>> stuff can ignore it.
> And this can all be achieved right now without any special extra label
> type. Subversion is already recording all the information you need
> to fully reconstruct history. After you've made a tag, you can do:
> svn log --verbose --stop-on-copy $URL
> This'll tell you:
> a) At what revision the tag was made
> b) Where it was copied from (if that was some other arbitary
> revision, or indeed if it was a mixed-revision tag).
> From those bits of information, you can easily work out what
> branches were around at the time, etc.

Would it be possible to set up some automatism to checkout the whole
repository or a branch as it was when I made the tag, like:

svn co $URL@`svn log --verbose --stop-on-copy $URL | fiddlescript`

where "fiddlescript" does some processing and returns exactly one svn
revnum? Preferably the one I want ;-) (I think the URL is always needed
to specify the root of the checkout.)

> There are definetly situations where you have multiple projects
> with their own release lifecycle within the one repository.
> Shared code is just one situation that this might come up in.
> Another might be a long running project that branches, and one branch
> ends up becoming a product in its own right, with its own tags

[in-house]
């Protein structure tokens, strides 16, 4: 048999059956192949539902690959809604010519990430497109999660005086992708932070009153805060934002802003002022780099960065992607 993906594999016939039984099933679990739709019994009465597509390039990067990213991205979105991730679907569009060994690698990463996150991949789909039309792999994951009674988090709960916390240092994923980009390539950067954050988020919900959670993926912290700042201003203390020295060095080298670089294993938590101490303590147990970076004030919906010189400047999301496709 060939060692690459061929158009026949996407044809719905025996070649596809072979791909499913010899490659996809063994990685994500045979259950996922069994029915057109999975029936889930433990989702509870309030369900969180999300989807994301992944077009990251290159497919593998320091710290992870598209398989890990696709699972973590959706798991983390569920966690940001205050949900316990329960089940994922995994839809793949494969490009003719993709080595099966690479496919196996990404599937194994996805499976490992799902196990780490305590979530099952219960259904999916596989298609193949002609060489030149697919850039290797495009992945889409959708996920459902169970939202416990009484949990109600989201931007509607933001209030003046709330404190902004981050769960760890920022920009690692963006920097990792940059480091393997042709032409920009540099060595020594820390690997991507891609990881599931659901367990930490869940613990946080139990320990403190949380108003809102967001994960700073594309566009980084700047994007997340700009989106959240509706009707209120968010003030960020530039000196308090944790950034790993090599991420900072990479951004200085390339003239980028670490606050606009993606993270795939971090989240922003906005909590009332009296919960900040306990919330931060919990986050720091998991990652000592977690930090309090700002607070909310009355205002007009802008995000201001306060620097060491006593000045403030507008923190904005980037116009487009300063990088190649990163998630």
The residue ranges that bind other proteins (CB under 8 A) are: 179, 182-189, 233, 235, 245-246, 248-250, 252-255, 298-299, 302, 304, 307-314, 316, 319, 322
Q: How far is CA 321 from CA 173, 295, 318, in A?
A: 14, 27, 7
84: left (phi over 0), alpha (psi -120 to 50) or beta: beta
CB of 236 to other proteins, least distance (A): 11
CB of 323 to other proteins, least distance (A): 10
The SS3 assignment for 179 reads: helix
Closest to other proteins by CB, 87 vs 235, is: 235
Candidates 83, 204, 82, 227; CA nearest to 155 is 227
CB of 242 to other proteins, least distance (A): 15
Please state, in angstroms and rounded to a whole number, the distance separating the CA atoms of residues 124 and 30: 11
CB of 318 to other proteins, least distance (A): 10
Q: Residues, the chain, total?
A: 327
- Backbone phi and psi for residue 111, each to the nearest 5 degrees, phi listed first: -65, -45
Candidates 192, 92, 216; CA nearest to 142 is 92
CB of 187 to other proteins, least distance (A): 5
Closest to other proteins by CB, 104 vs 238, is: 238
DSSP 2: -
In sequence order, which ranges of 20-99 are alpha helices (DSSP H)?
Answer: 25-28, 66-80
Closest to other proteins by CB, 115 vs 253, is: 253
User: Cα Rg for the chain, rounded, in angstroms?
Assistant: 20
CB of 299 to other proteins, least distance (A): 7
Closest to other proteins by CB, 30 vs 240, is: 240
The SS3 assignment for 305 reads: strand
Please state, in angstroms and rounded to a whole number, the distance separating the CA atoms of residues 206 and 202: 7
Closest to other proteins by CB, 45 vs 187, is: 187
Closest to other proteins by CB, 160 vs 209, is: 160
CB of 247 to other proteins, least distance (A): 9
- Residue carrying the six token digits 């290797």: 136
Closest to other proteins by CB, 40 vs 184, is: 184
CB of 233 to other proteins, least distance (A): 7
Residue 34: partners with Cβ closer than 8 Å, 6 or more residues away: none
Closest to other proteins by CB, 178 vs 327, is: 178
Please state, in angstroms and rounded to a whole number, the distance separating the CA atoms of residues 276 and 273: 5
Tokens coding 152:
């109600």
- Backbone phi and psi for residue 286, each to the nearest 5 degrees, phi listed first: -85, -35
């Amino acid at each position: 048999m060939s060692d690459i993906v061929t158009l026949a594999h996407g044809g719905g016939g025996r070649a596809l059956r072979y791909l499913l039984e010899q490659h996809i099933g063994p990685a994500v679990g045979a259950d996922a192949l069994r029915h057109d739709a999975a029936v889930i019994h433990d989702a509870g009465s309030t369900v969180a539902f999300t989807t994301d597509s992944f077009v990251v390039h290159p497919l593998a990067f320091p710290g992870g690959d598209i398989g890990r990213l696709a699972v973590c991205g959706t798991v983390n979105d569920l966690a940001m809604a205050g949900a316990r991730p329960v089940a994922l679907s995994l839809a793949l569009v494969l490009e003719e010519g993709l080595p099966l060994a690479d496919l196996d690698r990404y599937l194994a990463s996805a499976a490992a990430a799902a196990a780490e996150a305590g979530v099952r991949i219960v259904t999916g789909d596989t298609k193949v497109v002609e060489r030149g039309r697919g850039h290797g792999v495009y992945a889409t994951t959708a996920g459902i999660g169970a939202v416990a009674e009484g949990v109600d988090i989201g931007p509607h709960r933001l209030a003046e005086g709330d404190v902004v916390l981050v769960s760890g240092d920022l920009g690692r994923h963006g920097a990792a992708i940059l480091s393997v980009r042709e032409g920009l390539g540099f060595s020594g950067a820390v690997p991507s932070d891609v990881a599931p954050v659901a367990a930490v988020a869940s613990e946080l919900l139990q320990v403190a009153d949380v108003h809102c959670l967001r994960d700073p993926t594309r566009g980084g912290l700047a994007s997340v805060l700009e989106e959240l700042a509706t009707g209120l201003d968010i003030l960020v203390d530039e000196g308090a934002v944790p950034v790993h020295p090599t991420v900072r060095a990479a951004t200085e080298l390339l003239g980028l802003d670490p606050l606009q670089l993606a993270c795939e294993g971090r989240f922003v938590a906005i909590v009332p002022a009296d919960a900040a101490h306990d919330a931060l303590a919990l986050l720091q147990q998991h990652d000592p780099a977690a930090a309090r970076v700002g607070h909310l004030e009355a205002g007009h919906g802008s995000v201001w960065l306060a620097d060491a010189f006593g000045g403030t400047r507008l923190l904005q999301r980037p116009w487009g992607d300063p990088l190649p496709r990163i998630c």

> and branches. There are plenty more reasons.


>> Here you assume that labels are implemented to be changeable. But if
>> you just go with Tim Hill's suggestion and labels are immutable,
>> one-time settings, you don't have that problem. Then it should be
>> easy for subversion to enforce that any label is unique.
> By default, the directory naming convention does allow for changeable
> (but versioned) labels. However, you can turn that off with
> a pre-commit hook that prevents label changes. Then, you've got
> a system that works like Tim described.
> I think if the layout of the repository can be adequately described
> to the client using the upcoming "server templates" mechanism,
> then that'd solve all these problem. Then, Subversion could grow
> things like:
> svn-util tag X
> which reads the repository configuration to know where tags are
> stored, etc.

"Server templates" is IMHO a *great* idea, that would solve the problem
that the tools don't know about the user's convention.

> Just as a side note, I think it's important to keep separate the
> ideas used for source code control (tags, labels, etc), and the
> "versioned filesystem" that Subversion is presenting. I've
> used "svn-util" as an example of how that kind of functionality
> might be divided. Tagging is *not* an operation that applies to
> DAGs, it's an idea from a higher level of abstraction, and should
> be treated such. Operations like "copy", "merge", etc, are all
> fundamental DAG operations. Things like "tag", "deliver", etc,
> are configuration management operations that you can use a DAG
> to implement.

What's a DAG?

> daniel

Thanks a lot

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Received on Mon May 16 21:43:58 2005